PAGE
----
Submitted by LK on 11/3/99. ( ) 22.214.171.124
Looking for advice on cleaning Deer and Antelope head mount
damaged in a house fire.
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This response submitted by George Roof on 11/4/99. ( firstname.lastname@example.org ) 126.96.36.199
I use drum brake cleaner from the auto supply store. Take the mount outside and set it on the ground, face up in the air. Start at the nose and spray heavily. You can see the soot "washing down the hide. (The solvent is tricholorethane tech. 1/1/1 or dry cleaning solvent. It evaporates quickly and leaves no smell. Buy a case, though, it will take 2 or 3 cans per mount.)
Once you complete this step, treat the hair with Mount Brite or Hair Sheen. This will restore the oils to the hair and give a nice clean smell to the mount. Repaint the nose, eyes, and ears as necessary.
This response submitted by John Bellucci on 11/4/99. ( Artistexpr@aol.com ) 188.8.131.52
I've had this experience first hand, and I developed what I feel is the best method for cleaning a "ruined" trophy, and making it look good again.
Before you spray anything on a soot-covered mount, the first thing that needs to be done is to blow off all the surface soot with air. Anything that is sprayed on top of the soot will drive it into the coat of the animal. You don't want that! Blow off as much of the soot as you can. The more you remove from the surface, the better shaper you're in for the next step.
The next step is to spray Windex on the surface of the hair. Not a lot! Just enough to dampen the hair slightly. This is wiped off immediately with paper toweling. Work in the direction of the hair, not against it! Don't press hard at first ... remove the residual soot from the surface with a gentle wiping-down.
Air is again blown over the hair. This helps drive off soot and air dries the hair to boot!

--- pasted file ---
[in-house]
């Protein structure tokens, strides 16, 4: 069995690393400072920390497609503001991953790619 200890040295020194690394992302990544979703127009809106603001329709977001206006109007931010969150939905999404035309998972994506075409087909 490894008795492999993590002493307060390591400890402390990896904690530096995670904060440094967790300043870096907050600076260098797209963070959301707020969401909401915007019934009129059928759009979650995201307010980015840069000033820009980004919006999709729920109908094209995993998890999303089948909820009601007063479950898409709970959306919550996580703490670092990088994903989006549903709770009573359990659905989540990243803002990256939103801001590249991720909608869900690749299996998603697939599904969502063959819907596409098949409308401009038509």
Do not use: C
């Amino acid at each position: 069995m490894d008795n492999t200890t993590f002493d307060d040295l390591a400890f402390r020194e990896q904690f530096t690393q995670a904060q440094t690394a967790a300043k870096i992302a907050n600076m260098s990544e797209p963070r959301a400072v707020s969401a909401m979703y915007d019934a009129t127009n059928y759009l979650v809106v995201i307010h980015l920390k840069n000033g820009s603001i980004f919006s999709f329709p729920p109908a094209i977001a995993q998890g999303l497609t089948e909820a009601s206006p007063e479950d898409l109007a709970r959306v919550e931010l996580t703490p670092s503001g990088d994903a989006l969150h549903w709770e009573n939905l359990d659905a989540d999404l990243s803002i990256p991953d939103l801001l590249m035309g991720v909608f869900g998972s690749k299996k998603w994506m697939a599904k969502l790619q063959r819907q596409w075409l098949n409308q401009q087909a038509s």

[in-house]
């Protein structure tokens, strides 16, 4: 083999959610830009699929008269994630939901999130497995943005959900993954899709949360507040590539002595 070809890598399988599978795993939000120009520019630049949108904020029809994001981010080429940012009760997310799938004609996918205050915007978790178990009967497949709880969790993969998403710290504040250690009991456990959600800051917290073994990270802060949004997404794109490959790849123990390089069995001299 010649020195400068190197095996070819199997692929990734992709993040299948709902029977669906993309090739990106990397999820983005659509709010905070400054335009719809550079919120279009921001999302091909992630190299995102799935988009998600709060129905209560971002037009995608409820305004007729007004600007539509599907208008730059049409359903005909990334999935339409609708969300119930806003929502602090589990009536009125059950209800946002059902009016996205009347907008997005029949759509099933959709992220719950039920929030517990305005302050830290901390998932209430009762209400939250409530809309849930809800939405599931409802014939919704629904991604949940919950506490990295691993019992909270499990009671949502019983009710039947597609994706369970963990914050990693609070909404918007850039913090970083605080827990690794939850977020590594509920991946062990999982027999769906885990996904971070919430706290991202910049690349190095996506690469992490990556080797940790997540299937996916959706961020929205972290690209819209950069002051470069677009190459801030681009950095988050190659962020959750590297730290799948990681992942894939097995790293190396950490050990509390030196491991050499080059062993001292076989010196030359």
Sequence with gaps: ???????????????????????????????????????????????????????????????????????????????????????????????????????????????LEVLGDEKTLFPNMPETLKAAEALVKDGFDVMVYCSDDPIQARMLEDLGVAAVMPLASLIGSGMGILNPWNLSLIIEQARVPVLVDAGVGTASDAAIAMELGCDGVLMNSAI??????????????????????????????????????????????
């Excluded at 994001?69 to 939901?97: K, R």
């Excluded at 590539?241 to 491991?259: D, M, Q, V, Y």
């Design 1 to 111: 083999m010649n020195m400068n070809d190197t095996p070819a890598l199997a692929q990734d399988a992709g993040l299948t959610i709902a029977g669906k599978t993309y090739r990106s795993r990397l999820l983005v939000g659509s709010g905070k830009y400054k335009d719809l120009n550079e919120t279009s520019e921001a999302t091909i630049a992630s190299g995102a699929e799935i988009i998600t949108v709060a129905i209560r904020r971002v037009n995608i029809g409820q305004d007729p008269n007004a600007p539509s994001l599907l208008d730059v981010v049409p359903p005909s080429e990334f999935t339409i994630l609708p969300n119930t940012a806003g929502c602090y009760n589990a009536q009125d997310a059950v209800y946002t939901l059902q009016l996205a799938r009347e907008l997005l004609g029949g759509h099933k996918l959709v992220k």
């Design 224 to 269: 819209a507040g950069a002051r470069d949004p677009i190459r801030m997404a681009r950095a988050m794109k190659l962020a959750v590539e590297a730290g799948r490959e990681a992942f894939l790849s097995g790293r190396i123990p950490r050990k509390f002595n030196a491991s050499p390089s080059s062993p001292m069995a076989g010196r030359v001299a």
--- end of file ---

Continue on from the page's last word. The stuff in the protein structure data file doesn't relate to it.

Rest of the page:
Windex is again sprayed over the hair, and again it is wiped off. This is repeated until the mount is again clean and fresh. The ammonia in the Windex, combined with the cleanser (soap) in the product, produces excellent results.
The horns and antlers can be cleaned with the Windex also.
After the hair has had a chance to dry, run a paper towel over it. If the re is any remaining soot, repeat the cleaning steps. Depending on the severity of the fire and the intensity of the smoke penetration, it is not unusual to expect at least a second cleaning, if not a third.
After the mount is fully cleaned and dried, you will need to "refresh" the appearance of the mount. This is best done by applying a light "spritz" of a lemon-oil furniture spray. I prefer the store-brand version of Lemon Pledge. Apply this to the hair, and - wiping in the direction of the hair - wipe down the mount. This will impart a sheen and luster to the hair, not to mention a fresh scent. This also works on the antlers.
Then there are those times where the mount cannot be saved. In these cases, a remount should be considered. A fresh cape is the remedy for the mounting procedure.
In these cases, the antler or horns need to be "super cleaned." For this you will need "Easy-Off" No Heat Oven Cleaner. After removing the antlers from the mount, take them outdoors and place them on some sort of elevated surface. Heavily spray them down with the Easy-Off, and let it sit and work through the soot and grime. After about 20 - 30 minutes, hose them off, and reapply the Easy-Off ... lightly. After letting them sit for a few minutes, don a pair of kitchen or household rubber gloves (Platex Gloves, etc.) and scrub them down with a soft brass wire brush, and a stiff scrub brush. Rinse and repeat as needed.
If the antlers need the color restored, use Potassium Permanganate dissolved in water, and re-color the antlers.
That's it. It can take some doing to restore a fire-damaged mount, but it is not impossible. Which mounts are too severely smoke damaged for restoration work? That's a question only you can answer. To me, if the hairs are singed, and the antlers or horns are actually burned, then it's time for a remount. Period. Especially when the hairs are singed!
Hope this has been of help to you.
Good luck to all ... John B.
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